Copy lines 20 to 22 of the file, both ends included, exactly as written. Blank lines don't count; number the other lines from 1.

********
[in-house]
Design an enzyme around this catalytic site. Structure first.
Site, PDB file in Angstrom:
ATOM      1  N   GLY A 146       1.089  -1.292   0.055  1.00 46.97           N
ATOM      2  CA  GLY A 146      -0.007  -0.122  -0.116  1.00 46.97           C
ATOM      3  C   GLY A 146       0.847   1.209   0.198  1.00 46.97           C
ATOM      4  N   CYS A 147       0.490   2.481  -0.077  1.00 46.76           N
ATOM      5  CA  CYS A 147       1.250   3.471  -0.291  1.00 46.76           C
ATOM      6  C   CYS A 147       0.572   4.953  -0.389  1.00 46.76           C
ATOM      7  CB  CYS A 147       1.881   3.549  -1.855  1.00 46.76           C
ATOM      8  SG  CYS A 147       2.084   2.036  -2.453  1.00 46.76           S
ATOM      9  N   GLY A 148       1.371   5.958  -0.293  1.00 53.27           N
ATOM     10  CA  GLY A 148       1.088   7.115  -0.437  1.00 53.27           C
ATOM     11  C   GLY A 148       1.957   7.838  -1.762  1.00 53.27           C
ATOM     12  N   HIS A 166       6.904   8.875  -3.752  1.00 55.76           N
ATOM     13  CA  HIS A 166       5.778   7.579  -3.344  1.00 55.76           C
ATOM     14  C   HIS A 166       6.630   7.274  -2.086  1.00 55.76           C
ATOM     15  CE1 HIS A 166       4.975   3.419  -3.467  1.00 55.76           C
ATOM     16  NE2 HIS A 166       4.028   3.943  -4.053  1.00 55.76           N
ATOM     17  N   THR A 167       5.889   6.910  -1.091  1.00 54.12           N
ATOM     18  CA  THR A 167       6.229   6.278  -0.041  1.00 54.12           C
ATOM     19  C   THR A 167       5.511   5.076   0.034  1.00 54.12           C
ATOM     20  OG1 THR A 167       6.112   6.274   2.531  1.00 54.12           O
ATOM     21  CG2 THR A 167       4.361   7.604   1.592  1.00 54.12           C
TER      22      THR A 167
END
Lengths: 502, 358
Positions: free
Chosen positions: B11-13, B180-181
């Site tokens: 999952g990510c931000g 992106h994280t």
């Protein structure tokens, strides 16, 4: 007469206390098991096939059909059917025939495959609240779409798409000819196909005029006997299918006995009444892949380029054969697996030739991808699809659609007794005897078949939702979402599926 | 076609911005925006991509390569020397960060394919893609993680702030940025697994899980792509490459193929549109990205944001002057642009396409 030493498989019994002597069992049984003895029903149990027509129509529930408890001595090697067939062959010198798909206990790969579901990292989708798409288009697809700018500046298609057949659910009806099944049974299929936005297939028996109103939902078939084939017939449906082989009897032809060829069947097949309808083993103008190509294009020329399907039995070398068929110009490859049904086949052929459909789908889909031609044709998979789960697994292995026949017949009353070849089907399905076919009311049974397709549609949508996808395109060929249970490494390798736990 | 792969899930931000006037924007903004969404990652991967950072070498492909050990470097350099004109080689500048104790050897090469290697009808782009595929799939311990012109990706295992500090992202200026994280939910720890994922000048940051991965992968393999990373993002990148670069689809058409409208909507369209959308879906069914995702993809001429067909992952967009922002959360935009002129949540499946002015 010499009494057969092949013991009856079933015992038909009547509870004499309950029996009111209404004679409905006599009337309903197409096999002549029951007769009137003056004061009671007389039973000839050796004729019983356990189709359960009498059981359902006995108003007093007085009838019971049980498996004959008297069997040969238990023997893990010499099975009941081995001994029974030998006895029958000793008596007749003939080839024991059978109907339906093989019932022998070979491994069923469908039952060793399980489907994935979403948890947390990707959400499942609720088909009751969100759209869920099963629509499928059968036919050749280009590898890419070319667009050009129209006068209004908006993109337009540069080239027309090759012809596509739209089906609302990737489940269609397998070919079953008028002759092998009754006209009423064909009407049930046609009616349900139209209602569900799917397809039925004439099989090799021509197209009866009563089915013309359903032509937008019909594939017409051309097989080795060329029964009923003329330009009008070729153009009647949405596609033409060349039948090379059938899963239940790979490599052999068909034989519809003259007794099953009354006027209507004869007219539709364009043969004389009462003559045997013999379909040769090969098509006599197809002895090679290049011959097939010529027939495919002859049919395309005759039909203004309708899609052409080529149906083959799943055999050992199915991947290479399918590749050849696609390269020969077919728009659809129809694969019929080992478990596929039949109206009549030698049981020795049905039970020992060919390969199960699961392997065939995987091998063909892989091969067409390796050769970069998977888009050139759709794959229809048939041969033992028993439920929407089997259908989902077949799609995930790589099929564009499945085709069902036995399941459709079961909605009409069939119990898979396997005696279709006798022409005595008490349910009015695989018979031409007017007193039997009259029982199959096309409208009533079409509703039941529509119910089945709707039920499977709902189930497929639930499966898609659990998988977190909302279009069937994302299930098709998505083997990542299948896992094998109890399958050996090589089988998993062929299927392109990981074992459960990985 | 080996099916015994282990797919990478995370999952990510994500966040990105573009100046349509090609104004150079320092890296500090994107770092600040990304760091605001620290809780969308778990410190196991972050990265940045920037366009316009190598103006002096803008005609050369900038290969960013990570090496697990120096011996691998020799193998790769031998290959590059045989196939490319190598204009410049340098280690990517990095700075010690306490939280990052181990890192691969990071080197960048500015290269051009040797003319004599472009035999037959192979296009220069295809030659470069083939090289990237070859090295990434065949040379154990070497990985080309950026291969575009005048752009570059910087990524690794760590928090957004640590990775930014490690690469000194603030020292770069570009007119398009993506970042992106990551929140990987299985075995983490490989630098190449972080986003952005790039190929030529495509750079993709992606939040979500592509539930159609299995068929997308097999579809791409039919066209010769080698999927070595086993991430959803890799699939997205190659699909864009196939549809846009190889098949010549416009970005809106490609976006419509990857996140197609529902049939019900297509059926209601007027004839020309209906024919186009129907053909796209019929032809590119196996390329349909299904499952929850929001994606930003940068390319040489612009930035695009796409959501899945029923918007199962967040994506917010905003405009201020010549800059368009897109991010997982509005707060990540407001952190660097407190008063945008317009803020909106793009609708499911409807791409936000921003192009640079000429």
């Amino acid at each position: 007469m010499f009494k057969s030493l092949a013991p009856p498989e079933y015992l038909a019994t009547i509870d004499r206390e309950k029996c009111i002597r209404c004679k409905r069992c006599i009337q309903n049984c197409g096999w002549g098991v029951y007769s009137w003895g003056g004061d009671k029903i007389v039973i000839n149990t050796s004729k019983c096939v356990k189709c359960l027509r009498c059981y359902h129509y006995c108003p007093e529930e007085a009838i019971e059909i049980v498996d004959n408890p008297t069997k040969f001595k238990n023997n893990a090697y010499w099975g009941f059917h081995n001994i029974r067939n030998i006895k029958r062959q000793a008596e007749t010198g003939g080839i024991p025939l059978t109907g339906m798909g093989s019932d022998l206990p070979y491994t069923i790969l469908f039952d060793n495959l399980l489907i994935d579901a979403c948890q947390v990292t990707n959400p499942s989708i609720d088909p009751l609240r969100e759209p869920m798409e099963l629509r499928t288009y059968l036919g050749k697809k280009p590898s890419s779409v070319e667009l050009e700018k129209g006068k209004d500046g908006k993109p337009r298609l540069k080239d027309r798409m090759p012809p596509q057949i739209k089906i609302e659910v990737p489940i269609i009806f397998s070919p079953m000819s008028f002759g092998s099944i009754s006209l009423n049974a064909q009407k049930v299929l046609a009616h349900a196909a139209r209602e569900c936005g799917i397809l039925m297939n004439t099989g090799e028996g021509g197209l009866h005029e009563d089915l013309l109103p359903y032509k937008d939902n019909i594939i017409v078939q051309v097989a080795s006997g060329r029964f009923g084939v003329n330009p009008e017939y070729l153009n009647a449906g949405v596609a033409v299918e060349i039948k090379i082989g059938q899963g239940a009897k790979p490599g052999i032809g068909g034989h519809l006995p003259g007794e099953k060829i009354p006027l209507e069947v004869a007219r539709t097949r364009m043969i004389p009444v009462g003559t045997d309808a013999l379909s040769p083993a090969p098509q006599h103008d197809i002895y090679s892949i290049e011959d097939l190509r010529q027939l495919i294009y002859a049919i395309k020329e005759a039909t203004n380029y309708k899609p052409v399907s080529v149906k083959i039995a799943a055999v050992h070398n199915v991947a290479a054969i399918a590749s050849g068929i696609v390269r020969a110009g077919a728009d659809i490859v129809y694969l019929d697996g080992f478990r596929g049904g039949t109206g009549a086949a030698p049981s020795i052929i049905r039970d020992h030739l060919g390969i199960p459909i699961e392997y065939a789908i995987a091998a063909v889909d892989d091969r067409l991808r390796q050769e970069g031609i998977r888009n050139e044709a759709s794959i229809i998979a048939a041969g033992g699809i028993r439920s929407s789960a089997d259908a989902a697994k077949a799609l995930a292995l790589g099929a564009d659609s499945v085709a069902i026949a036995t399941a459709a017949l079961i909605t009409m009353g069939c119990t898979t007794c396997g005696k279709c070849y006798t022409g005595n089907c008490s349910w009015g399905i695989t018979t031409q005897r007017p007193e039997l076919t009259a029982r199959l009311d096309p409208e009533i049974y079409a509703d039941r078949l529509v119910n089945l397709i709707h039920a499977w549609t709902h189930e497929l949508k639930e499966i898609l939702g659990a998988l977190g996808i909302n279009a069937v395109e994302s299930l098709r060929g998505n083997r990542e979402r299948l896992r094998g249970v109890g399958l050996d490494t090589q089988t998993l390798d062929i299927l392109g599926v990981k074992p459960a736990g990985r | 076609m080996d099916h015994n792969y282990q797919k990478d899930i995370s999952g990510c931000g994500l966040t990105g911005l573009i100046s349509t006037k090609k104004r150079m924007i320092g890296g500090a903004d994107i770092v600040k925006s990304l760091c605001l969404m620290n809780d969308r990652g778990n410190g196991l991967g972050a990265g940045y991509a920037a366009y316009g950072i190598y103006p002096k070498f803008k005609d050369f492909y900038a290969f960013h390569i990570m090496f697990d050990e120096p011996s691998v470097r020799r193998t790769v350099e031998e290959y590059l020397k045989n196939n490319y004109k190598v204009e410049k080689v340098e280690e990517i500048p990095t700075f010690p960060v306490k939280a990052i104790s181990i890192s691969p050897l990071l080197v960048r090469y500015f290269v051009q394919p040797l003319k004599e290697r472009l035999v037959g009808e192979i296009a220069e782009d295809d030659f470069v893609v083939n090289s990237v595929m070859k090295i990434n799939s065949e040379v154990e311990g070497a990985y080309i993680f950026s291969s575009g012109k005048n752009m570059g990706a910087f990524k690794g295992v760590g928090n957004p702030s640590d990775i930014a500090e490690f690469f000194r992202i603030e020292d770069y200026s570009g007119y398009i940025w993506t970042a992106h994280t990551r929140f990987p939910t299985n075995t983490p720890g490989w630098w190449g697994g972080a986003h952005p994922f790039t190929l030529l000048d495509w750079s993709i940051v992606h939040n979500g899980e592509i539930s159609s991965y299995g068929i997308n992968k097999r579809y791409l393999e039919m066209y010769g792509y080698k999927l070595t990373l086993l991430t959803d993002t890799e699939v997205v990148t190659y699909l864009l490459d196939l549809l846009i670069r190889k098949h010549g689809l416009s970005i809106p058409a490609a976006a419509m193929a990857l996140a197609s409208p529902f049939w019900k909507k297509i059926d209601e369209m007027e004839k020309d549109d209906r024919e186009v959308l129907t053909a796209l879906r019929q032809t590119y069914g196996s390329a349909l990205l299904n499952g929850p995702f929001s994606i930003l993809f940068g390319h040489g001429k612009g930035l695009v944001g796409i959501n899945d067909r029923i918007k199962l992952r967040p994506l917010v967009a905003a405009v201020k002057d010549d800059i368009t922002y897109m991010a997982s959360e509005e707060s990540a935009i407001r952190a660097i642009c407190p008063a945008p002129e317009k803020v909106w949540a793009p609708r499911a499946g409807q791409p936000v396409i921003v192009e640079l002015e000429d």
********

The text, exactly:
ATOM     17  N   THR A 167       5.889   6.910  -1.091  1.00 54.12           N
ATOM     18  CA  THR A 167       6.229   6.278  -0.041  1.00 54.12           C
ATOM     19  C   THR A 167       5.511   5.076   0.034  1.00 54.12           C